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We were gratified to see the IceCube Neutrino Observatory labelled a “Physics Newsmaker for 2013” (APS News, February 2014, page 1).
However, we were confused by the second half of the discussion, “In August, researchers using data from IceCube’s surface detectors, IceTop, confirmed that, as scientists had long suspected, supernovaes are among the main sources of the high-energy protons known as cosmic rays.” IceCube has not made any conclusions about the sites of cosmic-ray acceleration.
Editor’s note: The quoted section should have read “Then in August, researchers from the Fermi Large Area Telescope collaboration confirmed that, as scientists had long suspected, supernovae are among the main sources of the high-energy protons known as cosmic rays.” We apologize for the error.
Congratulations for recognizing the gender imbalance in Nobel Laureates in Physics since their inception in 1901 (“This Month in Physics History,” APS News, December 2013). As of now, the Nobel Prize in Physics has been awarded to two women and 193 men.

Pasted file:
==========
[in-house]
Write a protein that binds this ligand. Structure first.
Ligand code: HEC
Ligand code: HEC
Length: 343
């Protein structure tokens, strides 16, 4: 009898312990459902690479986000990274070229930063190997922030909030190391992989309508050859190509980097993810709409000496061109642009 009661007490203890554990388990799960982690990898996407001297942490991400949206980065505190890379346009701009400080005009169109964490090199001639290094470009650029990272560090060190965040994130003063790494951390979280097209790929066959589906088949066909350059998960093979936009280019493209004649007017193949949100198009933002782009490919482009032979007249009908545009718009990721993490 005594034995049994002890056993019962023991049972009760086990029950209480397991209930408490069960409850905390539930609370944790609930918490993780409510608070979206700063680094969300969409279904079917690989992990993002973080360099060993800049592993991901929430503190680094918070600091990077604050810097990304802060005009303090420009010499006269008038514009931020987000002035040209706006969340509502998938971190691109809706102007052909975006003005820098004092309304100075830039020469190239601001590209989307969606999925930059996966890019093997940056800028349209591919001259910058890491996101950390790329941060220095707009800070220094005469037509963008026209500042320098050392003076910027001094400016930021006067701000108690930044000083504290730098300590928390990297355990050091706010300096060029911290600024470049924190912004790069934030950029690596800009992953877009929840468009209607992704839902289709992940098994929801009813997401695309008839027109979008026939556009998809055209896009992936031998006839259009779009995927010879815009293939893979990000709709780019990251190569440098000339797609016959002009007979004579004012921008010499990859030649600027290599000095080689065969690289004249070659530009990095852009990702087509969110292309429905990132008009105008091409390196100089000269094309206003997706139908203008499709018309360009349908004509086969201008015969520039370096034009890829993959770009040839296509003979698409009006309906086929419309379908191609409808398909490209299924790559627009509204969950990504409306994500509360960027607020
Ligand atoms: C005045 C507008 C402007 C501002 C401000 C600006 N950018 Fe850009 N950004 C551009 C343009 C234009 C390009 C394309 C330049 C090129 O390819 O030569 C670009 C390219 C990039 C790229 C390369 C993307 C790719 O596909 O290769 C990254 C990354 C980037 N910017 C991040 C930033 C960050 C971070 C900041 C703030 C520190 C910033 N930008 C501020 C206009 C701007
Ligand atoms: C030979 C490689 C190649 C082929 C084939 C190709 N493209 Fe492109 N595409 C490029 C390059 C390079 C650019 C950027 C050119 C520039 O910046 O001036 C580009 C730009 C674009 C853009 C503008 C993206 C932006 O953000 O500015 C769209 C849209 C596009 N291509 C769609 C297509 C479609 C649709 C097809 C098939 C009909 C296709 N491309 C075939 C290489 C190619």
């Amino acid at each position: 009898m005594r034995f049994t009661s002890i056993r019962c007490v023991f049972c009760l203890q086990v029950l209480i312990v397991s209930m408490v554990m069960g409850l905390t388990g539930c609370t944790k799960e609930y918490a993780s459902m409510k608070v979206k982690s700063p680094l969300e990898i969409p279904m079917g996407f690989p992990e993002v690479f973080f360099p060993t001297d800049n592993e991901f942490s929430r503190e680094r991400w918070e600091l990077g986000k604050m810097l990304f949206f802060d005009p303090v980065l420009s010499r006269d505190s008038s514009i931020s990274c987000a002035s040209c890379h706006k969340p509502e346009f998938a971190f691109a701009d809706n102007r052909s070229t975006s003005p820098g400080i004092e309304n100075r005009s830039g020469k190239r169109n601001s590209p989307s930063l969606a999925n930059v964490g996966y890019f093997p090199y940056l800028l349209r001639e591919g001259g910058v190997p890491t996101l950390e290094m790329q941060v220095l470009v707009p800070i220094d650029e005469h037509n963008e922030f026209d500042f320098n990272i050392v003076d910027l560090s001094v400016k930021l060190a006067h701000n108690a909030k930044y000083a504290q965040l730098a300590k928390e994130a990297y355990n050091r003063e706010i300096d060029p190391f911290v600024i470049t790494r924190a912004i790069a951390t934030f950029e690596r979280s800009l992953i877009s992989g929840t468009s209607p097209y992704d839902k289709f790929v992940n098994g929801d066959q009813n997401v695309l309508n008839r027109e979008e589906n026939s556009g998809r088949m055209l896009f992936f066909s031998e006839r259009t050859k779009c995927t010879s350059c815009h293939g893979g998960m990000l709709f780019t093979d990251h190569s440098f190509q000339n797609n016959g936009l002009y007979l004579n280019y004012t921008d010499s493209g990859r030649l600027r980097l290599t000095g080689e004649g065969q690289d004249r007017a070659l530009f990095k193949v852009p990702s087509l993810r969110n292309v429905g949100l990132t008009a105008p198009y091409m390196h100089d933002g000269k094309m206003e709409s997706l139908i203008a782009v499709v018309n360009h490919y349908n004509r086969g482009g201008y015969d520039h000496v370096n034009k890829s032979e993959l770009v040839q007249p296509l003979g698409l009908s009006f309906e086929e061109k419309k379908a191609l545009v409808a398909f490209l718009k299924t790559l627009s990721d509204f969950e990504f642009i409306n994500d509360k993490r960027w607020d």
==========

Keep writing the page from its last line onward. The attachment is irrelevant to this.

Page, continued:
In addition to the three women mentioned, Lise Meitner, Chien-Shiung Wu, and Vera Rubin, whose contributions merited Nobel Prizes, there are others. For example, Marietta Blau, who pioneered the development of nuclear emulsions, the immensely important photographic method of studying particle tracks; Inge Lehmann — discoverer of the Earth’s inner core; Cecilia Payne-Gaposchkin — chemical composition of stellar atmospheres; Kathleen Lonsdale, who demonstrated benzene ring structure and that the molecule is planar and hexagonal; Katharine Blodgett — first monomolecular films on solid surfaces.
References to the original published papers and biographical data on these and other important female physicists can be found at the Contributions to 20th Century Women to Physics website. Scientific accounts and biographies of 40 distinguished and important 20th century female physicists can be found in the volume: Out of the Shadows, Contributions of 20th Century Women to Physics, N. Byers and G. Williams (eds.), Cambridge University Press, 2006.
Los Angeles, California
In “Digital versus Analog” (Letters, APS News, February 2014), Victor Alpher contests David Lide’s description of the telegraph as a digital instrument.
As Alpher stated, the Oxford English Dictionary indeed defines a digital signal as one that is “expressed as a series of the digits 0 and 1.…” He failed to note, however, that the dictionary also defines a telegraph to be “a system for transmitting messages from a distance along a wire, especially one creating signals by making and breaking an electrical connection.” This binary demarcation of an open (0) or closed (1) circuit is just what Oxford demands for a technology to be digital. Thus, Lide was correct in labeling the telegraph as a digital instrument.
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